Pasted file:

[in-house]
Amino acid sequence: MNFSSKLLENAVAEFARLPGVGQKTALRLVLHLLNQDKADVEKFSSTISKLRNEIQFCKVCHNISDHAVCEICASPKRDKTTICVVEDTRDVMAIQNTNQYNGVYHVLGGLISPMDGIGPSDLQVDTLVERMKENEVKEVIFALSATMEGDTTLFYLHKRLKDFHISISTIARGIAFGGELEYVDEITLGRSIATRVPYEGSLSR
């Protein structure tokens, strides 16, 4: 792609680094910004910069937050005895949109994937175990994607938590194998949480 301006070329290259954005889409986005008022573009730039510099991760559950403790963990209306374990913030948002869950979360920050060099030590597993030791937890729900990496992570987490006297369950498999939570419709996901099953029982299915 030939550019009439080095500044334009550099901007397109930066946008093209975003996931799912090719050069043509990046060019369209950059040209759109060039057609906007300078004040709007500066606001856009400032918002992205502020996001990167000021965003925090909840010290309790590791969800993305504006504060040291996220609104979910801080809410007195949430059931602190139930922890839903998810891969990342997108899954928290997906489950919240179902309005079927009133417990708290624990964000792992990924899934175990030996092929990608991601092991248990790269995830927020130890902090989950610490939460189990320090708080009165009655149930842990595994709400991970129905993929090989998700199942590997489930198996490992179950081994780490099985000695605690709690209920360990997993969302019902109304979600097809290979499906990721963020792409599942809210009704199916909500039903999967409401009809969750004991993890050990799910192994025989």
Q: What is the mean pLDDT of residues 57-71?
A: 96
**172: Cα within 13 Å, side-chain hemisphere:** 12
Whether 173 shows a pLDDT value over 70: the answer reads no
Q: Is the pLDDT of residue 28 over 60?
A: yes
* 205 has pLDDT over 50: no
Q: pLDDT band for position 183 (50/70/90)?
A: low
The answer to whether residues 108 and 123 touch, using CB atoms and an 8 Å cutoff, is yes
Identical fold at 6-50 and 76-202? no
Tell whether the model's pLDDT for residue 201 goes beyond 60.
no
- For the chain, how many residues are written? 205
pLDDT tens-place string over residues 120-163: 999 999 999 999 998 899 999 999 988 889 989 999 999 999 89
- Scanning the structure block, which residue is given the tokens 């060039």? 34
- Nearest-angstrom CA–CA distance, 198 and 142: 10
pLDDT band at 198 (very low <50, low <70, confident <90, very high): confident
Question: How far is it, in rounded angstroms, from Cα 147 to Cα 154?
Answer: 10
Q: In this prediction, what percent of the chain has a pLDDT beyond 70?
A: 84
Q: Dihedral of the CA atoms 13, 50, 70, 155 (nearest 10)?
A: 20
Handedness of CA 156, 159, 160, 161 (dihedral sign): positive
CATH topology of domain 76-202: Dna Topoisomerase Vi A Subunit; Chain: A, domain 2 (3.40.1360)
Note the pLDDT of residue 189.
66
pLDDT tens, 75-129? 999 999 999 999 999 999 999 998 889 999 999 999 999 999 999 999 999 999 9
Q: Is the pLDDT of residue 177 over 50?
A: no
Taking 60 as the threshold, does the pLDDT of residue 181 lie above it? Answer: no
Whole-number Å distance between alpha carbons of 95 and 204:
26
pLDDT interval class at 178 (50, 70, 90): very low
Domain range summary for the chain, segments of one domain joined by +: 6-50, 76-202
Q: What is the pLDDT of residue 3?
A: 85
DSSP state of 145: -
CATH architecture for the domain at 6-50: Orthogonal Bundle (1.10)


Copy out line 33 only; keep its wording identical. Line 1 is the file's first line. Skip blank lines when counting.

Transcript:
Q: Is the pLDDT of residue 177 over 50?